By Grayson Ruhl
On March 28, the Sewanee community had the privilege of hearing Stewart Copeland and his fellow band members and musical prodigies play in Guerry Auditorium. Playing on stage with Copeland were the classically trained pianist Jon Kimura Parker, the renowned and stunning violinist Yoon Kwon, Judd Miller on the electronic valve instrument (EVI), and Marlon Martinez on the bass. Copeland specializes not only in contemporary rock music, but also in opera, ballet, world music, and chamber music. In “Off the Score,” he and his fellow musicians aim to combine revered classical elements and the improvisational aspects of rock and jazz. Copeland, Parker, and these other talented musicians fulfilled this goal of intersecting disparate styles of music with songs such as “Birds of Prey,” composed by Copeland, which offered a robust entry that demonstrated each member’s talent, as well as classical renditions, such as their exquisite interpretation of J.S. Bach’s “Sarabande.” All songs were instrumental, leaving opportunities for the band to improvise during certain songs, and it was difficult to decipher what was and wasn’t improvised because everything sounded polished. It is obvious that Copeland and his fellow band members live for creating more adventurous music, and they accomplished this goal with the “Off the Score” performance. While Copeland’s drum playing was invigorating and erratic, the other members had wide varieties of musical talent as well. For instance, the violinist, Kwon, played the sweet yet melancholy “Oblivion” by Astor Piazzolla and the wild fiddle tune “Who Let the Cat Out Last Night” by Paul Schoenfield back to back. These two pieces contrasted with each other greatly.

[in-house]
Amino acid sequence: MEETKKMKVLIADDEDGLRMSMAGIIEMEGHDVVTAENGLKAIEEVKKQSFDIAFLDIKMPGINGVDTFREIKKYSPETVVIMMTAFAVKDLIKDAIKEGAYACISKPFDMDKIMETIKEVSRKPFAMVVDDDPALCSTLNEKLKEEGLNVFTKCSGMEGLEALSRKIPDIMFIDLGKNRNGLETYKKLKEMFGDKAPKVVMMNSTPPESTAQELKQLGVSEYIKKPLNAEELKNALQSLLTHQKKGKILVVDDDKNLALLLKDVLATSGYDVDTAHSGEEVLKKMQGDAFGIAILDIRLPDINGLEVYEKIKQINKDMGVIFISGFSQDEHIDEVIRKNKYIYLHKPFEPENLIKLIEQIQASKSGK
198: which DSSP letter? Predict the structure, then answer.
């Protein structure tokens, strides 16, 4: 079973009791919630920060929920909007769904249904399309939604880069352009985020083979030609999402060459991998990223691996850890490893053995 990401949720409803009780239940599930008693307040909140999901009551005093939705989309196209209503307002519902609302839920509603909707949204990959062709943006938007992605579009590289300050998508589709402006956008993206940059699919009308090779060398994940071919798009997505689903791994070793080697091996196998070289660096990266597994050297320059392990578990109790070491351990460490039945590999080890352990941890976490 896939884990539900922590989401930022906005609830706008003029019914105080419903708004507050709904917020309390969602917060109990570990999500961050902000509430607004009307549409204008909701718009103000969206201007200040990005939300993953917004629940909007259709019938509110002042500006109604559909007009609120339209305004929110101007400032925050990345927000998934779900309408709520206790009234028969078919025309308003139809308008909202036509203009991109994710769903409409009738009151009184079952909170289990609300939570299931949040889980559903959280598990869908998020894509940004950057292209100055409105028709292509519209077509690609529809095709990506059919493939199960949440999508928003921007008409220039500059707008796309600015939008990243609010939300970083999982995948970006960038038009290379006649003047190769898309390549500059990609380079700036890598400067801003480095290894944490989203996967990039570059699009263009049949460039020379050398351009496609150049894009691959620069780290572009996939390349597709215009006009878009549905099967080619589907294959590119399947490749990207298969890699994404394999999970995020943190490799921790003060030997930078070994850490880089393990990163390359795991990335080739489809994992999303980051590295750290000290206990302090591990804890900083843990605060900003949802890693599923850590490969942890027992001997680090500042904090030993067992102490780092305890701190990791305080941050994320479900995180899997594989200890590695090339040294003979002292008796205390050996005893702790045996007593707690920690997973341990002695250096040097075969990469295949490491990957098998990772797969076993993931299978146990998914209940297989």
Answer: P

Each member of the band had one or more opportunities to play a solo, or at least were the focus of the performance at some point. During these solos, other members looked on in utter appreciation. Most evident of this was Miller’s EVI solo, which introduced the band’s interpretation of Igor Stravinsky’s “Rite of Spring.” Music Professor Stephen Miller commented on the band’s talent, explaining, “Seeing Copeland on stage made it clear why the band was so successful. They’re all so innovative and talented.” The band members’ desire to branch out, combined with their talent and appreciation for classical artists such as Bach and Stravinsky, may have motivated them to play such diverse and innovative shows. To make their show even more exciting, they played two marvelous encores for the audience to conclude their amazing performance.